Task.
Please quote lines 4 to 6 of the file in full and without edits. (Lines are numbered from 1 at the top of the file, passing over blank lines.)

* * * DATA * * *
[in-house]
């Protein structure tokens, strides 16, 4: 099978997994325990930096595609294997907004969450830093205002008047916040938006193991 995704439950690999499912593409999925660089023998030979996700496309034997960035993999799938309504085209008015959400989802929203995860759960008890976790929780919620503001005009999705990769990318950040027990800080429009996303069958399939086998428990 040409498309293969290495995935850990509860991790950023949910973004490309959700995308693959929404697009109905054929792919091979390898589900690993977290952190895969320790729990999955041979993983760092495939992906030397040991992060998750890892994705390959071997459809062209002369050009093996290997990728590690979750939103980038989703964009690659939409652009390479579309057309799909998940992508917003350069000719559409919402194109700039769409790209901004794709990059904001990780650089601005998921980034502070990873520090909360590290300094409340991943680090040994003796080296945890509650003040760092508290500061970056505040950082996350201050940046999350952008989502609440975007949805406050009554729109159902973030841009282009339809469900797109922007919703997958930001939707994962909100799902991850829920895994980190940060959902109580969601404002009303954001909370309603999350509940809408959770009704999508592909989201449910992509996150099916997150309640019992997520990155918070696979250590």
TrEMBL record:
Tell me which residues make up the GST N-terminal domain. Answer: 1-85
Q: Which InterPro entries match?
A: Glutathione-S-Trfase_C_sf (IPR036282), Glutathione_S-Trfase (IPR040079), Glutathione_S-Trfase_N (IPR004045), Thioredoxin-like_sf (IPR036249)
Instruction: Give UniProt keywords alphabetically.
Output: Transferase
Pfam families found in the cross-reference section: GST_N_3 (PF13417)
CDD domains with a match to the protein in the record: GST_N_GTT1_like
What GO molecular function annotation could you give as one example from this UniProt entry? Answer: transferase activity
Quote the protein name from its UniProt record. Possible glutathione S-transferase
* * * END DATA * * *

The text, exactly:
Tell me which residues make up the GST N-terminal domain. Answer: 1-85
Q: Which InterPro entries match?
A: Glutathione-S-Trfase_C_sf (IPR036282), Glutathione_S-Trfase (IPR040079), Glutathione_S-Trfase_N (IPR004045), Thioredoxin-like_sf (IPR036249)